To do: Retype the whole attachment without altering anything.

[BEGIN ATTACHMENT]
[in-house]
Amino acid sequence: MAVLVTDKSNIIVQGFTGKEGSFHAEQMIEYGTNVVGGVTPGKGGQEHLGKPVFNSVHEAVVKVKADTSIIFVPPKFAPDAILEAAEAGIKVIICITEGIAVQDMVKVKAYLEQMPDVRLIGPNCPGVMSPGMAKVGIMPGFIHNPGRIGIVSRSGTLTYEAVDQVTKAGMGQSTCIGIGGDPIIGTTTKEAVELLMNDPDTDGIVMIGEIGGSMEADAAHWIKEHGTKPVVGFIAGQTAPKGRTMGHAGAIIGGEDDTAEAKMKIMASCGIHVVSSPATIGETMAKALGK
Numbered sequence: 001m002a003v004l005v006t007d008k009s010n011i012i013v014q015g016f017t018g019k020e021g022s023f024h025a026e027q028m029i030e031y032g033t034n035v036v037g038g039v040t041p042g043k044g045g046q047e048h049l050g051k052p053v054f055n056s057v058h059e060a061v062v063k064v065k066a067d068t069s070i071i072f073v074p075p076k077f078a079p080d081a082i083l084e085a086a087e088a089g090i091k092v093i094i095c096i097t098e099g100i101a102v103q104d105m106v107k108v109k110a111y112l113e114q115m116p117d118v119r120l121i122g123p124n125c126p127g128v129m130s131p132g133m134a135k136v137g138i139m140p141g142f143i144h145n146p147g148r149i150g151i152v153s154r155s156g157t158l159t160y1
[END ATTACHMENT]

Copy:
[in-house]
Amino acid sequence: MAVLVTDKSNIIVQGFTGKEGSFHAEQMIEYGTNVVGGVTPGKGGQEHLGKPVFNSVHEAVVKVKADTSIIFVPPKFAPDAILEAAEAGIKVIICITEGIAVQDMVKVKAYLEQMPDVRLIGPNCPGVMSPGMAKVGIMPGFIHNPGRIGIVSRSGTLTYEAVDQVTKAGMGQSTCIGIGGDPIIGTTTKEAVELLMNDPDTDGIVMIGEIGGSMEADAAHWIKEHGTKPVVGFIAGQTAPKGRTMGHAGAIIGGEDDTAEAKMKIMASCGIHVVSSPATIGETMAKALGK
Numbered sequence: 001m002a003v004l005v006t007d008k009s010n011i012i013v014q015g016f017t018g019k020e021g022s023f024h025a026e027q028m029i030e031y032g033t034n035v036v037g038g039v040t041p042g043k044g045g046q047e048h049l050g051k052p053v054f055n056s057v058h059e060a061v062v063k064v065k066a067d068t069s070i071i072f073v074p075p076k077f078a079p080d081a082i083l084e085a086a087e088a089g090i091k092v093i094i095c096i097t098e099g100i101a102v103q104d105m106v107k108v109k110a111y112l113e114q115m116p117d118v119r120l121i122g123p124n125c126p127g128v129m130s131p132g133m134a135k136v137g138i139m140p141g142f143i144h145n146p147g148r149i150g151i152v153s154r155s156g157t158l159t160y1